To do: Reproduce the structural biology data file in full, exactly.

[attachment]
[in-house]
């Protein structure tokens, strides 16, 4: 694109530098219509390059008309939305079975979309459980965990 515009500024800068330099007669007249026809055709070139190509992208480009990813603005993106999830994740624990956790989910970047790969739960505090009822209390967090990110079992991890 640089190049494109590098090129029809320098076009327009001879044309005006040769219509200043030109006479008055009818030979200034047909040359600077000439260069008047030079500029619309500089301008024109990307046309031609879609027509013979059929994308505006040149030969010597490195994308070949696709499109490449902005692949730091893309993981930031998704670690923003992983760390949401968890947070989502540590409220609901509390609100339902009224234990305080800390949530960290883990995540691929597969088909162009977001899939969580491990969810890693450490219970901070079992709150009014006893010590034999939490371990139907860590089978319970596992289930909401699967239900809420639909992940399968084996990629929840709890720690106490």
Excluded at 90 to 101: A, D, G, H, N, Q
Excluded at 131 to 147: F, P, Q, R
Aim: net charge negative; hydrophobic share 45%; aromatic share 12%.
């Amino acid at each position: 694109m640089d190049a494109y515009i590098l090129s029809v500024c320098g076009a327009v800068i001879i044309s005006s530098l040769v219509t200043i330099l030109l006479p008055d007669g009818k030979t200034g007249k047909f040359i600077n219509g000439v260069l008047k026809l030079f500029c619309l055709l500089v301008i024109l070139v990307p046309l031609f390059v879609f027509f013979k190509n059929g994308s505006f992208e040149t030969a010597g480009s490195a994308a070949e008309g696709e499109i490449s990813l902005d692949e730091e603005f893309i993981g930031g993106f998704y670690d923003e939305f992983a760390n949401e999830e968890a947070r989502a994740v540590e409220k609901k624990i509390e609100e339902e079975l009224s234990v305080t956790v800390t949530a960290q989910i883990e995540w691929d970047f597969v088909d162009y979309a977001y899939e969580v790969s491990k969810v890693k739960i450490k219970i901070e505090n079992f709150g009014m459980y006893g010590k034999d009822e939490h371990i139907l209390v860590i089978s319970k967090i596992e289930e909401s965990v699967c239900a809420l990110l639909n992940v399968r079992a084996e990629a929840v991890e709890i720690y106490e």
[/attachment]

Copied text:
[in-house]
């Protein structure tokens, strides 16, 4: 694109530098219509390059008309939305079975979309459980965990 515009500024800068330099007669007249026809055709070139190509992208480009990813603005993106999830994740624990956790989910970047790969739960505090009822209390967090990110079992991890 640089190049494109590098090129029809320098076009327009001879044309005006040769219509200043030109006479008055009818030979200034047909040359600077000439260069008047030079500029619309500089301008024109990307046309031609879609027509013979059929994308505006040149030969010597490195994308070949696709499109490449902005692949730091893309993981930031998704670690923003992983760390949401968890947070989502540590409220609901509390609100339902009224234990305080800390949530960290883990995540691929597969088909162009977001899939969580491990969810890693450490219970901070079992709150009014006893010590034999939490371990139907860590089978319970596992289930909401699967239900809420639909992940399968084996990629929840709890720690106490």
Excluded at 90 to 101: A, D, G, H, N, Q
Excluded at 131 to 147: F, P, Q, R
Aim: net charge negative; hydrophobic share 45%; aromatic share 12%.
């Amino acid at each position: 694109m640089d190049a494109y515009i590098l090129s029809v500024c320098g076009a327009v800068i001879i044309s005006s530098l040769v219509t200043i330099l030109l006479p008055d007669g009818k030979t200034g007249k047909f040359i600077n219509g000439v260069l008047k026809l030079f500029c619309l055709l500089v301008i024109l070139v990307p046309l031609f390059v879609f027509f013979k190509n059929g994308s505006f992208e040149t030969a010597g480009s490195a994308a070949e008309g696709e499109i490449s990813l902005d692949e730091e603005f893309i993981g930031g993106f998704y670690d923003e939305f992983a760390n949401e999830e968890a947070r989502a994740v540590e409220k609901k624990i509390e609100e339902e079975l009224s234990v305080t956790v800390t949530a960290q989910i883990e995540w691929d970047f597969v088909d162009y979309a977001y899939e969580v790969s491990k969810v890693k739960i450490k219970i901070e505090n079992f709150g009014m459980y006893g010590k034999d009822e939490h371990i139907l209390v860590i089978s319970k967090i596992e289930e909401s965990v699967c239900a809420l990110l639909n992940v399968r079992a084996e990629a929840v991890e709890i720690y106490e």